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Here: while :; do cp /a/b/* /c/d/; sleep 60; done It copies the entire content of /a/b/ to /c/d/ every 60 seconds. It does have a drawback: If the files are big (more than a few GB?) then copying might take a while. If this is a problem, comment and I'll implement something optimised for big files (with tail -f) which will also redirect the content in ...


I too would be wary about using directories which are managed by automounters like that. I think /media/ used to be shared by all users, it wouldn't have been so much of a problem... but it seems ugly to use it now, at least on systems like yours. There is not one best practice. E.g. read: Preferred mount points for internal HDDs A subdirectory of /mnt ...


That is up to you, the system administrator, to determine those conventions but it is indeed a good idea to make sure the mounting points can not conflict with anything else. Considering that the mounting point is dynamic in this case, it would be even safer to do them in another level of sub-directory such as /mnt/usb or something similar.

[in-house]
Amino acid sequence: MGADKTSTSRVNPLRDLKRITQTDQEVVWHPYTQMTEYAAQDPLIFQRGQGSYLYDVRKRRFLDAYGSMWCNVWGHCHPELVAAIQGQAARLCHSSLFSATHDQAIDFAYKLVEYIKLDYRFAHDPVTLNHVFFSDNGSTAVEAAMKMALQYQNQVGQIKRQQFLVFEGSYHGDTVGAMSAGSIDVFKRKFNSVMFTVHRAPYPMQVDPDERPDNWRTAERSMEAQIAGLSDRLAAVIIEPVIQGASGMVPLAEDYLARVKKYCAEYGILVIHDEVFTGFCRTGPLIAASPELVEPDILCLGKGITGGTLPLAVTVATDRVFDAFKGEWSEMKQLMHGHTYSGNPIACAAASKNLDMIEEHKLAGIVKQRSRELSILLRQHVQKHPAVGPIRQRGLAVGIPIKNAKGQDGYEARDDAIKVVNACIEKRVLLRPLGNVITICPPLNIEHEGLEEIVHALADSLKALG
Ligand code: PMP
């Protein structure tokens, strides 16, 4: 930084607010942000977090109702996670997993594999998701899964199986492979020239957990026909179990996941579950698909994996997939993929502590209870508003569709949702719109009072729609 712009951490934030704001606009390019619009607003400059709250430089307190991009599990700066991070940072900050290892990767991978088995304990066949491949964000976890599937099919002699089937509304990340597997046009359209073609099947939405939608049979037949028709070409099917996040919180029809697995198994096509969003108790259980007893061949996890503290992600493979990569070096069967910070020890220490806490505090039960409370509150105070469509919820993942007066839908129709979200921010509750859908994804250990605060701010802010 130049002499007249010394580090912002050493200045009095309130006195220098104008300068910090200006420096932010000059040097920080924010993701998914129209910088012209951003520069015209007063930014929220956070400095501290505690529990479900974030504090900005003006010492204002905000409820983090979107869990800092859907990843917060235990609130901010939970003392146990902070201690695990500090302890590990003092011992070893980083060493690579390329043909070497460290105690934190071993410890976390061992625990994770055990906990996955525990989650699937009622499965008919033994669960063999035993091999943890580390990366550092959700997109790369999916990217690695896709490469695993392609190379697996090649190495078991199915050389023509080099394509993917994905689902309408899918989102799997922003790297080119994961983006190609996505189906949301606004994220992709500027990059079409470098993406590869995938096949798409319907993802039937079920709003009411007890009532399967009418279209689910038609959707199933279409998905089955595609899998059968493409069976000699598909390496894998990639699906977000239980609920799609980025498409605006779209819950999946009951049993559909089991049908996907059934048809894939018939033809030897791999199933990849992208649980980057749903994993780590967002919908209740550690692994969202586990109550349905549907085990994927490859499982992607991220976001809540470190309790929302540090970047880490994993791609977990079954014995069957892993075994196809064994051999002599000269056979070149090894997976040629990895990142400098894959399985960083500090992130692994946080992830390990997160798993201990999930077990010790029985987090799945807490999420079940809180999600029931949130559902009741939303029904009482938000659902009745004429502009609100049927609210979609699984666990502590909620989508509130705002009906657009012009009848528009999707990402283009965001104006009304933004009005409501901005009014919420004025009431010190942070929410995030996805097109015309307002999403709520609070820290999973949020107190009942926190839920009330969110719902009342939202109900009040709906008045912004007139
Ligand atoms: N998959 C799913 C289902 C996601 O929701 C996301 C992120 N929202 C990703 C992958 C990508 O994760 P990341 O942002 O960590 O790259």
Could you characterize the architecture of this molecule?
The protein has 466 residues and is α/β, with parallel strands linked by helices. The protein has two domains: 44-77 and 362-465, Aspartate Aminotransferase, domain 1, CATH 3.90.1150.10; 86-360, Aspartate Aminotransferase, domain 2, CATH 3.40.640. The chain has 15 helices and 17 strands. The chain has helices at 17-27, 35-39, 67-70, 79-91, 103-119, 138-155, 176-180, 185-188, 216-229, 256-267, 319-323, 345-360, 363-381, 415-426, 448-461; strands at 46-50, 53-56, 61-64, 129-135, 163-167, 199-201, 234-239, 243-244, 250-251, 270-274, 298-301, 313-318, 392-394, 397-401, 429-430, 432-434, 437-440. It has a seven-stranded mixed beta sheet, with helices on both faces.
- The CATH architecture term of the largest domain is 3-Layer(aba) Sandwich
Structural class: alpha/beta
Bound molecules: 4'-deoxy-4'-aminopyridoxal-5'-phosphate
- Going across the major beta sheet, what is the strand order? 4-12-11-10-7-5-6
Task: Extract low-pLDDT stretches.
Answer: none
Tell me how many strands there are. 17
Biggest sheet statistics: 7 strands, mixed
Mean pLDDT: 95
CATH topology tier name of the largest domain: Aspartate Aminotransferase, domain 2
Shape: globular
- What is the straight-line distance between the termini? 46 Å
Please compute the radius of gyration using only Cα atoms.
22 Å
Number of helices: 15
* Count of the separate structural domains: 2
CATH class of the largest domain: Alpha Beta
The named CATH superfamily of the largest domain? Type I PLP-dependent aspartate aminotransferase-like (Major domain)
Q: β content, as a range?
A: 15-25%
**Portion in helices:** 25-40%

To install to a custom directory, use this: ./configure --prefix=/desired/path make sudo make install By default, programs installed without the added prefix will be located in /usr/local/bin. To verify this, you can type which program_name after installation. If you install your program in a custom directory, it will be installed in /desired/path/bin. ...


du naturally traverses the directory hierarchy and awk can perform the filtering so something like this may be sufficient: du -ak | awk 'BEGIN {sum=0} /\.jpg$/ {sum+=$1} END {print sum}' This works without GNU.

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